The experience begins when the child realizes failure, usually as a result of parental evaluation. "Well, you failed! I told you! .. ”- this phrase becomes familiar. And with it, shame becomes habitual. I failed - what will my parents say about me! Classmates! Colleagues! Wife!..

Don't be ashamed of your failure! Start seeing it as you did in early childhood: just as an unexpected negative outcome. There is nothing to be ashamed of: failures happen to everyone. Shame is the first cause of fear. Fear is the main reason for repeating failure. Are you sure you want to repeat them? nine0003

Rule two. Talk about failure

This rule is also based on our childhood experience - only positive this time. What does a child need if he has failed? So that mom or dad listened to him, regretted and said that everything would be fine!

An adult needs it no less. Well, perhaps in other forms, but the essence of something from this does not change. If you have failed, do not try to experience it alone. You need a listener, you need someone to whom you can tell everything. The more and more detailed, the better. And do not be ashamed of your desire to receive sympathy - it is really needed now! It is better for men to forget about their “male complexes” for a while: at this moment it is more important to help yourself than to break yourself. nine0003

If it is difficult to reach out to friends or relatives, you can look for a listener among unfamiliar or completely unfamiliar people. Up to the point of telling about your problem on some forum. There are even special communities designed specifically for such situations. You just have to remember that talking about failure turns it from your personal disaster into something you don't have to deal with on your own. And from such an angle, any failure somehow shrinks and turns pale.

Rule three. Understand failure

In addition to moral relief, talking about failure will help you understand why it happened to you. Indeed, by sharing your problems, you willy-nilly begin to choose words and formulations, which means you will begin to analyze what happened. This will be the fulfillment of the third rule. To make failure easier to survive, it really needs to be understood. After all, understanding what exactly happened leads to understanding why it happened. And knowing the reasons for the failure, you can, if not avoid it in the future, then at least prepare for a possible repetition. nine0003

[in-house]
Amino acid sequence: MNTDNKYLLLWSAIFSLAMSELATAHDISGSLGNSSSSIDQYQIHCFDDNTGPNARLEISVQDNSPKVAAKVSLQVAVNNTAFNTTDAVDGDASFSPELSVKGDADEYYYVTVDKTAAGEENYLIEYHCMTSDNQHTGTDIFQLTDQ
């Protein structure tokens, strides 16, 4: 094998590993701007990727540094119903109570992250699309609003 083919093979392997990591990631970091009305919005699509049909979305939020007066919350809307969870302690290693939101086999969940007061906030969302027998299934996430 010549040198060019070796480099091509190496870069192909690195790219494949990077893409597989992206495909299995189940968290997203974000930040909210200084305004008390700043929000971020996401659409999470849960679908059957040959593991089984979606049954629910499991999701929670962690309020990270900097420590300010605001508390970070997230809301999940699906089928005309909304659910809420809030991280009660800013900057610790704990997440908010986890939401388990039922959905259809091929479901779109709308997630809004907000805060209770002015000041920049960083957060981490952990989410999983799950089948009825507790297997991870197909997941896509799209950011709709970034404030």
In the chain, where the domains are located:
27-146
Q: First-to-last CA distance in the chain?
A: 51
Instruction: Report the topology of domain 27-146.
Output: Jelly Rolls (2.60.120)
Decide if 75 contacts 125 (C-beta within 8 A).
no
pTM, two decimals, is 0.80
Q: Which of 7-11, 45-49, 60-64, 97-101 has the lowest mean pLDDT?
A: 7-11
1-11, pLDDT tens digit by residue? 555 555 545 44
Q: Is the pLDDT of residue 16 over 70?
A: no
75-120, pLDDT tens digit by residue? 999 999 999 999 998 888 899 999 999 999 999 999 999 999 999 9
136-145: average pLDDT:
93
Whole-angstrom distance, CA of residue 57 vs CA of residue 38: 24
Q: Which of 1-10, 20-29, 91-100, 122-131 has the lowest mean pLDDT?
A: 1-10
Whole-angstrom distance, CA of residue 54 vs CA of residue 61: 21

Why is it important to understand the origins of one's failure? First of all, because every failure has two types of reasons: objective and subjective. Without analysis, we will not be able to figure out what was more in our failure - our mistakes or external circumstances. As a rule, we indiscriminately blame everything either on ourselves or on the fate of the villain - and we are wrong in both the first and the second. Is it worth it to blame everything on yourself and brand yourself a loser? Is it worth blaming life for everything and cursing it for disliking us? The answer to both questions is no! nine0003

Rule four. Accept failure

So, you calmed down, shared your problems with a friend or stranger and tried to figure out why this all happened to you. What's next? The most important thing at this stage is to understand that any success, like any failure, falls to our lot because we deserve it.

Not in the sense of “failure is a punishment for what I did or didn't do”, no! But in the sense that any failure is a consequence of the chain of our actions and decisions. Some of them were right, some were wrong, but these were our actions and decisions, and not someone else's! nine0003

But it would be strange to punish yourself for being who you are. And if we accept ourselves, then we must accept our failures. In the end, every failure will certainly, sooner or later, but will be compensated by good luck. And this success will also be, figuratively speaking, our handiwork.

Rule five. Overestimate failure

Let's go back to the beginning of our conversation. So, in the morning your boss called you and said that you were fired. Catastrophe? More likely no than yes! Indeed, with the money received upon dismissal, for example, you can take and go on an extraordinary vacation! Or at least go to a restaurant in the evening and throw a small banquet on the occasion of your release from the work routine. But more importantly, if you can look at failure as a "hint" from fate. Perhaps the story of the dismissal, she tells you that you are not doing your job? Or maybe now, having taken up the job search, you will receive the offer of your dreams, which would not have been discussed until you looked up from your desk. nine0003

In a word, any failure is, first of all, a reason to stop, to step back, so to speak, to the margins of everyday life. And from there, look at yourself a little from the side and think in which direction to start after this stop.